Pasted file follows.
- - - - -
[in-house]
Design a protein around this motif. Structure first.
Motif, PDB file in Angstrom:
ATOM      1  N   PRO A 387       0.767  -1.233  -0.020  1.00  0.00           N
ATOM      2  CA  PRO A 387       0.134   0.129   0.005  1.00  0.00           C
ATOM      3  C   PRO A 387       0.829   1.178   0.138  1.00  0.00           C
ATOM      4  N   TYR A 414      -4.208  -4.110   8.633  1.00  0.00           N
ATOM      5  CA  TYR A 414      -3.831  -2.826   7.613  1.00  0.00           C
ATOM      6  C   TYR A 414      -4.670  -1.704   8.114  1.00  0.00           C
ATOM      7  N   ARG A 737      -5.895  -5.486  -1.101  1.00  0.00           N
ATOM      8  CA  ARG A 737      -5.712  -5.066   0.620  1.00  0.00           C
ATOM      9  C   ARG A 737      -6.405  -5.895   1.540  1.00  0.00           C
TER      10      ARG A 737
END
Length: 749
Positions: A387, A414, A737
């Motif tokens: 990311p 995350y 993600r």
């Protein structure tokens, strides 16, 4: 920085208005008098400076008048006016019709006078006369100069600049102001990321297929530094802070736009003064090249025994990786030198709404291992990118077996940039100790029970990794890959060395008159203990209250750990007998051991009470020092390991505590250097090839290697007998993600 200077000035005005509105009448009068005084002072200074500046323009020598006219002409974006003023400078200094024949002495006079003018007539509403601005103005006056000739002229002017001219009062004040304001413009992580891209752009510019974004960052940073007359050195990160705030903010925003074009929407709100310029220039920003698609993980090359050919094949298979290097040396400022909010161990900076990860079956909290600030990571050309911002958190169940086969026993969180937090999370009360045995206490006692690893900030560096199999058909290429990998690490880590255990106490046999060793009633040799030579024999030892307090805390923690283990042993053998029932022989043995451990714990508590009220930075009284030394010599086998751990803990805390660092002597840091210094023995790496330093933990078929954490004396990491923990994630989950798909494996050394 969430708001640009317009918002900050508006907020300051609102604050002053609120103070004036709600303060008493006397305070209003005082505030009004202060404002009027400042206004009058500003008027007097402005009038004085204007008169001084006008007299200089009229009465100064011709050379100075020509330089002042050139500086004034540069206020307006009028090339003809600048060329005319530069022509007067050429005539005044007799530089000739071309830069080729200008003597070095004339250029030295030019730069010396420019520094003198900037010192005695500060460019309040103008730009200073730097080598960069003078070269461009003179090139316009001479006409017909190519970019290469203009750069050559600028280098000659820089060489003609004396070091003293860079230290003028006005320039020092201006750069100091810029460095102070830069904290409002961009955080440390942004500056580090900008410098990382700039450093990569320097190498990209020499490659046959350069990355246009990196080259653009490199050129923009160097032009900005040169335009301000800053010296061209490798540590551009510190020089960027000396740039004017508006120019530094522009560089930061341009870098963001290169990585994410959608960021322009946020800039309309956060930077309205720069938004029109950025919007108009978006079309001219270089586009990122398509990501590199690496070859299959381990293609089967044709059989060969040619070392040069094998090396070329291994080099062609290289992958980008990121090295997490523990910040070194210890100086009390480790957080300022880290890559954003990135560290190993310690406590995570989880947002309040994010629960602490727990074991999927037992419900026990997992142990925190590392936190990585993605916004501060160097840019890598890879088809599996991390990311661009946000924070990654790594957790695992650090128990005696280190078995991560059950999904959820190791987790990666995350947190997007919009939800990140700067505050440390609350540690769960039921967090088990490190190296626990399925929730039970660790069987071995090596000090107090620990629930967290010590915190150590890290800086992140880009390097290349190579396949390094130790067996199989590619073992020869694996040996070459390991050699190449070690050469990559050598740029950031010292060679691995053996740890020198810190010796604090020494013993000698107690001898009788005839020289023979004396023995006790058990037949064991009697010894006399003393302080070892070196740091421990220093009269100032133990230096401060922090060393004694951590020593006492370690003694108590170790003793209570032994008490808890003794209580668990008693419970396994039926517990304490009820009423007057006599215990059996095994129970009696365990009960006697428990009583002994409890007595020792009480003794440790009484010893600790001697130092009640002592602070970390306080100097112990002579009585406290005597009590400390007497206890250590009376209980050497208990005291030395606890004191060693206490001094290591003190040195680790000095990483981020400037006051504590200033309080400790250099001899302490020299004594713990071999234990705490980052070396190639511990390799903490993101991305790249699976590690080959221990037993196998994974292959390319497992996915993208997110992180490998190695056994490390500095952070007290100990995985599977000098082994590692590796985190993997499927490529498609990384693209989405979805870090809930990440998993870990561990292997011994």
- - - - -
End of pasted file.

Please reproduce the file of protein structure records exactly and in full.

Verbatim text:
[in-house]
Design a protein around this motif. Structure first.
Motif, PDB file in Angstrom:
ATOM      1  N   PRO A 387       0.767  -1.233  -0.020  1.00  0.00           N
ATOM      2  CA  PRO A 387       0.134   0.129   0.005  1.00  0.00           C
ATOM      3  C   PRO A 387       0.829   1.178   0.138  1.00  0.00           C
ATOM      4  N   TYR A 414      -4.208  -4.110   8.633  1.00  0.00           N
ATOM      5  CA  TYR A 414      -3.831  -2.826   7.613  1.00  0.00           C
ATOM      6  C   TYR A 414      -4.670  -1.704   8.114  1.00  0.00           C
ATOM      7  N   ARG A 737      -5.895  -5.486  -1.101  1.00  0.00           N
ATOM      8  CA  ARG A 737      -5.712  -5.066   0.620  1.00  0.00           C
ATOM      9  C   ARG A 737      -6.405  -5.895   1.540  1.00  0.00           C
TER      10      ARG A 737
END
Length: 749
Positions: A387, A414, A737
């Motif tokens: 990311p 995350y 993600r």
């Protein structure tokens, strides 16, 4: 920085208005008098400076008048006016019709006078006369100069600049102001990321297929530094802070736009003064090249025994990786030198709404291992990118077996940039100790029970990794890959060395008159203990209250750990007998051991009470020092390991505590250097090839290697007998993600 200077000035005005509105009448009068005084002072200074500046323009020598006219002409974006003023400078200094024949002495006079003018007539509403601005103005006056000739002229002017001219009062004040304001413009992580891209752009510019974004960052940073007359050195990160705030903010925003074009929407709100310029220039920003698609993980090359050919094949298979290097040396400022909010161990900076990860079956909290600030990571050309911002958190169940086969026993969180937090999370009360045995206490006692690893900030560096199999058909290429990998690490880590255990106490046999060793009633040799030579024999030892307090805390923690283990042993053998029932022989043995451990714990508590009220930075009284030394010599086998751990803990805390660092002597840091210094023995790496330093933990078929954490004396990491923990994630989950798909494996050394 969430708001640009317009918002900050508006907020300051609102604050002053609120103070004036709600303060008493006397305070209003005082505030009004202060404002009027400042206004009058500003008027007097402005009038004085204007008169001084006008007299200089009229009465100064011709050379100075020509330089002042050139500086004034540069206020307006009028090339003809600048060329005319530069022509007067050429005539005044007799530089000739071309830069080729200008003597070095004339250029030295030019730069010396420019520094003198900037010192005695500060460019309040103008730009200073730097080598960069003078070269461009003179090139316009001479006409017909190519970019290469203009750069050559600028280098000659820089060489003609004396070091003293860079230290003028006005320039020092201006750069100091810029460095102070830069904290409002961009955080440390942004500056580090900008410098990382700039450093990569320097190498990209020499490659046959350069990355246009990196080259653009490199050129923009160097032009900005040169335009301000800053010296061209490798540590551009510190020089960027000396740039004017508006120019530094522009560089930061341009870098963001290169990585994410959608960021322009946020800039309309956060930077309205720069938004029109950025919007108009978006079309001219270089586009990122398509990501590199690496070859299959381990293609089967044709059989060969040619070392040069094998090396070329291994080099062609290289992958980008990121090295997490523990910040070194210890100086009390480790957080300022880290890559954003990135560290190993310690406590995570989880947002309040994010629960602490727990074991999927037992419900026990997992142990925190590392936190990585993605916004501060160097840019890598890879088809599996991390990311661009946000924070990654790594957790695992650090128990005696280190078995991560059950999904959820190791987790990666995350947190997007919009939800990140700067505050440390609350540690769960039921967090088990490190190296626990399925929730039970660790069987071995090596000090107090620990629930967290010590915190150590890290800086992140880009390097290349190579396949390094130790067996199989590619073992020869694996040996070459390991050699190449070690050469990559050598740029950031010292060679691995053996740890020198810190010796604090020494013993000698107690001898009788005839020289023979004396023995006790058990037949064991009697010894006399003393302080070892070196740091421990220093009269100032133990230096401060922090060393004694951590020593006492370690003694108590170790003793209570032994008490808890003794209580668990008693419970396994039926517990304490009820009423007057006599215990059996095994129970009696365990009960006697428990009583002994409890007595020792009480003794440790009484010893600790001697130092009640002592602070970390306080100097112990002579009585406290005597009590400390007497206890250590009376209980050497208990005291030395606890004191060693206490001094290591003190040195680790000095990483981020400037006051504590200033309080400790250099001899302490020299004594713990071999234990705490980052070396190639511990390799903490993101991305790249699976590690080959221990037993196998994974292959390319497992996915993208997110992180490998190695056994490390500095952070007290100990995985599977000098082994590692590796985190993997499927490529498609990384693209989405979805870090809930990440998993870990561990292997011994």